The City of Toronto has released their 2010 Bicycle Screenline Report (full report / summary), which is the result of their September 2010 "screenline" bicycle count. The screenline counts all the cyclists entering and leaving the downtown core (bounded by Spadina / Jarvis and Bloor / Queens Quay) in a 12 hour period from 7am to 7pm.
Since this is the first comprehensive count, it will be a baseline from which to measure if the city is meeting its objective of increasing bicycle trips. I was part of previous attempts of counts at various intersection counts throughout the city but the data was never released, presumably because they wanted to set up a more comprehensive collection method.
Some interesting results:
- the western screenline at Spadina has 45% of all bike trips
- 62% were male (higher than I thought but still better than the 70% male typical for North America, where women are more likely put off by unfriendly streets)
- 54% wore a helmet
- very, very few rode on the sidewalk - 5%, and even fewer where a bike lane was present
- only 24% of the roads had bike lanes but they carried 45% of all cyclists (particularly women)
- cyclists greatly prefer arterials: 67% of all the roads (crossing the screenline) are arterial, but carry 94% of bike traffic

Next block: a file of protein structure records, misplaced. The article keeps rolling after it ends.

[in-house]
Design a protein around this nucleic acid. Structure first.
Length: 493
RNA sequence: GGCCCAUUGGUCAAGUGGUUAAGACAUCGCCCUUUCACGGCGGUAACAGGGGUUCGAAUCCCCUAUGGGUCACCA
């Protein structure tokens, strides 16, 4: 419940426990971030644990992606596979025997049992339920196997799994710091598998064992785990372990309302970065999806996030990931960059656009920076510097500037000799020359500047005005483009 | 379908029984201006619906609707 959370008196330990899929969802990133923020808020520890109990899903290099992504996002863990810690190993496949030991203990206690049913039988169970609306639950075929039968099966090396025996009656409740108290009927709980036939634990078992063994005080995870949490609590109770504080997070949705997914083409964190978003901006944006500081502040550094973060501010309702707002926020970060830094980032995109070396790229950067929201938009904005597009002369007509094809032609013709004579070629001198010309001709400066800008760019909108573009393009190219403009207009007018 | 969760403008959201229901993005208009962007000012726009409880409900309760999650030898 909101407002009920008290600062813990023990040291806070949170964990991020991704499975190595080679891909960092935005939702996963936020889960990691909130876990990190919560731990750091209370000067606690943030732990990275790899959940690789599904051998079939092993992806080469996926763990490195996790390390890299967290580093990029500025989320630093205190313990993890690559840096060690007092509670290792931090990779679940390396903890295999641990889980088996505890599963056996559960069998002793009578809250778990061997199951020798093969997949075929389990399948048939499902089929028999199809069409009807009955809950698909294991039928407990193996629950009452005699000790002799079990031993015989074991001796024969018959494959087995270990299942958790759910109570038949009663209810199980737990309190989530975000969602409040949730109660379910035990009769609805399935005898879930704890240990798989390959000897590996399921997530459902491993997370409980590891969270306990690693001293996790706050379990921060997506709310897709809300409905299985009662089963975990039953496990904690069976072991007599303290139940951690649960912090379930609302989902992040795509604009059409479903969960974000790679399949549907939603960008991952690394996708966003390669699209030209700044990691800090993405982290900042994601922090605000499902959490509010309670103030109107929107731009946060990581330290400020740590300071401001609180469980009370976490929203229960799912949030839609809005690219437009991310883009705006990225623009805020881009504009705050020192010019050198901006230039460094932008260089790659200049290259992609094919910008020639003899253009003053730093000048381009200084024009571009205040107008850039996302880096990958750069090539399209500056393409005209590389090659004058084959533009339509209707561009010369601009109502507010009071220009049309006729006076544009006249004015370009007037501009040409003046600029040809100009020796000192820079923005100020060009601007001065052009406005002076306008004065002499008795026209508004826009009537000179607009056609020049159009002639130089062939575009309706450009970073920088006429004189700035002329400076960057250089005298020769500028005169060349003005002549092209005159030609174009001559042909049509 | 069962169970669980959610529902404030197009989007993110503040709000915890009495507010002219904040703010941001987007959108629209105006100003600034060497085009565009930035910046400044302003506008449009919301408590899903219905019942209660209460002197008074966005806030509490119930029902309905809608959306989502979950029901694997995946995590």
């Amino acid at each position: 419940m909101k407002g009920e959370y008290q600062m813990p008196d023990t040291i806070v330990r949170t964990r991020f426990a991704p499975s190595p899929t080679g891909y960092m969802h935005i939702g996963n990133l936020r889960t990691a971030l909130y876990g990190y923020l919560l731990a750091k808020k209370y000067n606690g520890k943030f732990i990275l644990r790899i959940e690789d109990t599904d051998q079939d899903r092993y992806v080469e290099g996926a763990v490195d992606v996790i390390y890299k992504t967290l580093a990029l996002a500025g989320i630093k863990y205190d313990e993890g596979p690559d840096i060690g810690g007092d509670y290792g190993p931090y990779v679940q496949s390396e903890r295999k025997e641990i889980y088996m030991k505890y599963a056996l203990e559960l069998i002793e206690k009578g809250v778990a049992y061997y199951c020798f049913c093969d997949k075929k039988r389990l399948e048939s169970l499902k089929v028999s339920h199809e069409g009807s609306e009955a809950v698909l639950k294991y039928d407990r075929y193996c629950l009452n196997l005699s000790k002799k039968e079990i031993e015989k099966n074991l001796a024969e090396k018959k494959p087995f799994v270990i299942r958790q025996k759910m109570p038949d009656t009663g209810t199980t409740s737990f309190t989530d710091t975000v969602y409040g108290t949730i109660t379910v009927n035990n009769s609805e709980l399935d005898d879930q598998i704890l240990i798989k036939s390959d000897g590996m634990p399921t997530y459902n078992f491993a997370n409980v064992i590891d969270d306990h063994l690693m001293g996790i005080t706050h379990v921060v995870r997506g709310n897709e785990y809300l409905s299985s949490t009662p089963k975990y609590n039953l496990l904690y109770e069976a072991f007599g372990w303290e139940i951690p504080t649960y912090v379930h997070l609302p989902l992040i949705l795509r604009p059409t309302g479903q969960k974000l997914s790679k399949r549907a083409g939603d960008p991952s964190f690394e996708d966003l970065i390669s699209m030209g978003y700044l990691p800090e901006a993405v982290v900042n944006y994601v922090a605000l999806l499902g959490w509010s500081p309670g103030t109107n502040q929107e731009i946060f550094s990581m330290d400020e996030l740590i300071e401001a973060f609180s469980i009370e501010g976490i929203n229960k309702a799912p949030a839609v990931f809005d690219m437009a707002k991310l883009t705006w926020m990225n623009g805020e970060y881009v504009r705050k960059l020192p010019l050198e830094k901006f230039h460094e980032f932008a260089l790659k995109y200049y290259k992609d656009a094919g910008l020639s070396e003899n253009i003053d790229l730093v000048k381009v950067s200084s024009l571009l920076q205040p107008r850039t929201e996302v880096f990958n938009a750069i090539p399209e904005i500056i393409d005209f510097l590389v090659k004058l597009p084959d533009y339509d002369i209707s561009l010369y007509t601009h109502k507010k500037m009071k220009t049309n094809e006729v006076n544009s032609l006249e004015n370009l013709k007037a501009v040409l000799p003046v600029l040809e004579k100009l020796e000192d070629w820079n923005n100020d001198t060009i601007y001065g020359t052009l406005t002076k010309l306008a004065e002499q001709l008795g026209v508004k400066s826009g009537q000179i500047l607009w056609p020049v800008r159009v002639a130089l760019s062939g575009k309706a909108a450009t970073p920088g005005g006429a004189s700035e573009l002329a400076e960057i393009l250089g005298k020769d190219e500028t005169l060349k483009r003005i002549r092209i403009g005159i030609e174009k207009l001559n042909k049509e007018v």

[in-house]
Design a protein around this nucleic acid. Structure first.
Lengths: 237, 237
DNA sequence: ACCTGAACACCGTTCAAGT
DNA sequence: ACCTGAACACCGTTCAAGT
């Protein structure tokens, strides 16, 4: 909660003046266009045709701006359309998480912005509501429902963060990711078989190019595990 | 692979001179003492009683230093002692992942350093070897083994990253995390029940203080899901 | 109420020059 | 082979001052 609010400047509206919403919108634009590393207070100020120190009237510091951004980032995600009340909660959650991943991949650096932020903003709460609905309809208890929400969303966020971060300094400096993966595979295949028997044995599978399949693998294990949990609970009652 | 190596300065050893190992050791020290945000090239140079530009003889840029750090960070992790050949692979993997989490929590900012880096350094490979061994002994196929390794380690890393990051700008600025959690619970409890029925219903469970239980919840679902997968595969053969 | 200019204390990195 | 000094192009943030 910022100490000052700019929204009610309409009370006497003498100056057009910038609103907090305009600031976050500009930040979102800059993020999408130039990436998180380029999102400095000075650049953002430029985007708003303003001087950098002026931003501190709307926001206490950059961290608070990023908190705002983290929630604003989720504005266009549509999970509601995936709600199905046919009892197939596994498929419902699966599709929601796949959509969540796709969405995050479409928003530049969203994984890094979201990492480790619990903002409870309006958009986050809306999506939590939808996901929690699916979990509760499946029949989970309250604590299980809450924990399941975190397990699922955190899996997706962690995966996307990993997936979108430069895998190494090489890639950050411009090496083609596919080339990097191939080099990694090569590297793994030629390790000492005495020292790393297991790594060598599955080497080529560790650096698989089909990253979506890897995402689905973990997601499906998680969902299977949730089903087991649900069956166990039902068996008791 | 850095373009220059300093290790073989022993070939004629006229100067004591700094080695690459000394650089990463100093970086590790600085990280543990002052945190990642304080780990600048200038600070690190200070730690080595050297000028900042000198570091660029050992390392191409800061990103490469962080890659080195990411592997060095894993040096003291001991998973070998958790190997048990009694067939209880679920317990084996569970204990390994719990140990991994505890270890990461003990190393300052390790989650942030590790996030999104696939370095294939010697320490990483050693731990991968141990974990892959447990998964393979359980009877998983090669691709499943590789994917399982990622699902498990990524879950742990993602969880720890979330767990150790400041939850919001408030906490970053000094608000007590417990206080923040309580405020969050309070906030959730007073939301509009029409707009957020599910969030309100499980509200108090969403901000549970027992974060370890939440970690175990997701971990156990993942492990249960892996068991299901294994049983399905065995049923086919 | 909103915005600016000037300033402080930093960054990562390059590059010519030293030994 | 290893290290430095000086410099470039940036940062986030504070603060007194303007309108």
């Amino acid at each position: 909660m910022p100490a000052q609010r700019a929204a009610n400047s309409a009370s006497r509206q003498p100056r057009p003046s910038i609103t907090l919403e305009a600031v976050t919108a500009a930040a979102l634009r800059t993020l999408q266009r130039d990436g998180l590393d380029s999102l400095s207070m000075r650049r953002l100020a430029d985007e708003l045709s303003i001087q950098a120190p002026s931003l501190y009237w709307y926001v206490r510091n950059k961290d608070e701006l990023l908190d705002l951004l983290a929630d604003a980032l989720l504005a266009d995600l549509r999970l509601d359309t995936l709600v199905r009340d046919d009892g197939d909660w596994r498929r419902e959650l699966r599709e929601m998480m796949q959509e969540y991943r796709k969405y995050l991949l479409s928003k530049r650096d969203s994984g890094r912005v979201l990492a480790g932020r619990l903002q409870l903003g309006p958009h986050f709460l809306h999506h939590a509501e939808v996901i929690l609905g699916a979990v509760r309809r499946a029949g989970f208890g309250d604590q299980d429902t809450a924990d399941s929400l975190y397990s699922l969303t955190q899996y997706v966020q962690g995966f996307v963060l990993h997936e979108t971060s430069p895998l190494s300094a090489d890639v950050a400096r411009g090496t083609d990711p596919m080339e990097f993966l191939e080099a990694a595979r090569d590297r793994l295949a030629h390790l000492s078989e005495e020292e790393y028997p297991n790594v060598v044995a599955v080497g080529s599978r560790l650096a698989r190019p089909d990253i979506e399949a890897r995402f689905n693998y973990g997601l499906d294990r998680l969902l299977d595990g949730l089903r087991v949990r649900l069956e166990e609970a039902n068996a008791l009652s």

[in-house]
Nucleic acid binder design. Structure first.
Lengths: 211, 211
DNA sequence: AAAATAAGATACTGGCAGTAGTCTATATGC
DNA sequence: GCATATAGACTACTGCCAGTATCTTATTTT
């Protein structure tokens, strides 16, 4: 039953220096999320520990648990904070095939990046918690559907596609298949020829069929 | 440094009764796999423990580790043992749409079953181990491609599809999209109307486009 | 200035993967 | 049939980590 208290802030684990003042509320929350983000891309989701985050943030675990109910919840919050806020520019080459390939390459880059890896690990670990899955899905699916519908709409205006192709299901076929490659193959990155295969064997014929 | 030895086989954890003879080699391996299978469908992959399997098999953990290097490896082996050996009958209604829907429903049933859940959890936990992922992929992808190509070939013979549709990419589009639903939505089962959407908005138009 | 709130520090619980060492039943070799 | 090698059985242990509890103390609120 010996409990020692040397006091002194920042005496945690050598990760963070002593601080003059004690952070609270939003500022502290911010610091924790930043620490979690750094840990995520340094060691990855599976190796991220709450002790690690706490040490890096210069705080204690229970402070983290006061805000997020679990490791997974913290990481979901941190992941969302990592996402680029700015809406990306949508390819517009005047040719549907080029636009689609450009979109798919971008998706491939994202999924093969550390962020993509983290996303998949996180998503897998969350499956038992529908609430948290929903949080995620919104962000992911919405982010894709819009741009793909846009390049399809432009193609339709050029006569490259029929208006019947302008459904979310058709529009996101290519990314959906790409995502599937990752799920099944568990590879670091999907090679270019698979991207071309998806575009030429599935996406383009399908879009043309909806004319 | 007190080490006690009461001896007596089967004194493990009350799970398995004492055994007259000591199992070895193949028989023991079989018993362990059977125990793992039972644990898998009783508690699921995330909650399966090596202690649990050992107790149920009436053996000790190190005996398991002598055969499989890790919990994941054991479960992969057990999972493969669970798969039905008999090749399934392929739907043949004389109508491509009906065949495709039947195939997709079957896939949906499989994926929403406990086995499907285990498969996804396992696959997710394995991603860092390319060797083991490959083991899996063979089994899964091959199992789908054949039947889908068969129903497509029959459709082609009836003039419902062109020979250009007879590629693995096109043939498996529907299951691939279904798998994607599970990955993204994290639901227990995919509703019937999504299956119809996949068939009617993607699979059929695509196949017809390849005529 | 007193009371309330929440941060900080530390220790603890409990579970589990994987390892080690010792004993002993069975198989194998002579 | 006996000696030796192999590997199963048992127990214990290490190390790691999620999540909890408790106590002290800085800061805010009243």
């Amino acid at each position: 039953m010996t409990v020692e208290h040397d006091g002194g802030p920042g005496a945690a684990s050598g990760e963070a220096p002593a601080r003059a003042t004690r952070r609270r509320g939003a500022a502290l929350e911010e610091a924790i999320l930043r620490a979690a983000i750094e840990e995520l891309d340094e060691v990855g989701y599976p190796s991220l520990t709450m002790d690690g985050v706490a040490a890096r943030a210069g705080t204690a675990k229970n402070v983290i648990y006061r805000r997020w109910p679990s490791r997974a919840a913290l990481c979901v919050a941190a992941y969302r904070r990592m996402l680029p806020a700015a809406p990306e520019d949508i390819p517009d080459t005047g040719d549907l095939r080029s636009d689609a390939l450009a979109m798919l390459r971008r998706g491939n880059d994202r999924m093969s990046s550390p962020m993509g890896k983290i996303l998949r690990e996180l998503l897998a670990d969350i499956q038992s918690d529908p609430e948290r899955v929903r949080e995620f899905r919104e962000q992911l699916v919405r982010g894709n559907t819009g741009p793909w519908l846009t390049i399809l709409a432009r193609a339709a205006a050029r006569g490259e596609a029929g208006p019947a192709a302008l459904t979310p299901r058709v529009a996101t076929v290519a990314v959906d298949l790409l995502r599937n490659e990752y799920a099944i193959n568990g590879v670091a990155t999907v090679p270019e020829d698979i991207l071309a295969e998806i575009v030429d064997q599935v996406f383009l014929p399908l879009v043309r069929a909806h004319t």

- the city set up an automatic counter as well on College, running day and night. It found that 78% of bike traffic took place between 7am and 7pm. If this ratio was applied to the total screenline count the bike trips in/out of downtown could be as high as 41 thousand!
Note to all you politicians who would rather ignore the evidence that cyclists commute to work, that they prefer arterial roads for their directness, that they aren't going anywhere, and instead pretend that they can help cyclists by only focusing on suburban trails (this may come off as unprofessional, but I think you deserve the respect you dish out): f**k you! Yes, and I'm going to single out Rocco Rossi and Rob Ford as the worst offenders. Come up with some real solutions to make conditions safer for cyclists on the routes they already travel on. We're doing the city a service by unclogging the roads of more cars. Stick that in your pipe.
Alison (not verified)
I really think this would beTue, 12/21/2010 - 11:24
I really think this would be more relevant information if they did it every month over at least a year and then did an average daily number. To quote a number in Sept isn't really indicative of overall bike traffic. It doesn't consider that in the summer months there may be a slump (students are out of school) and that most people don't cycle through the winter.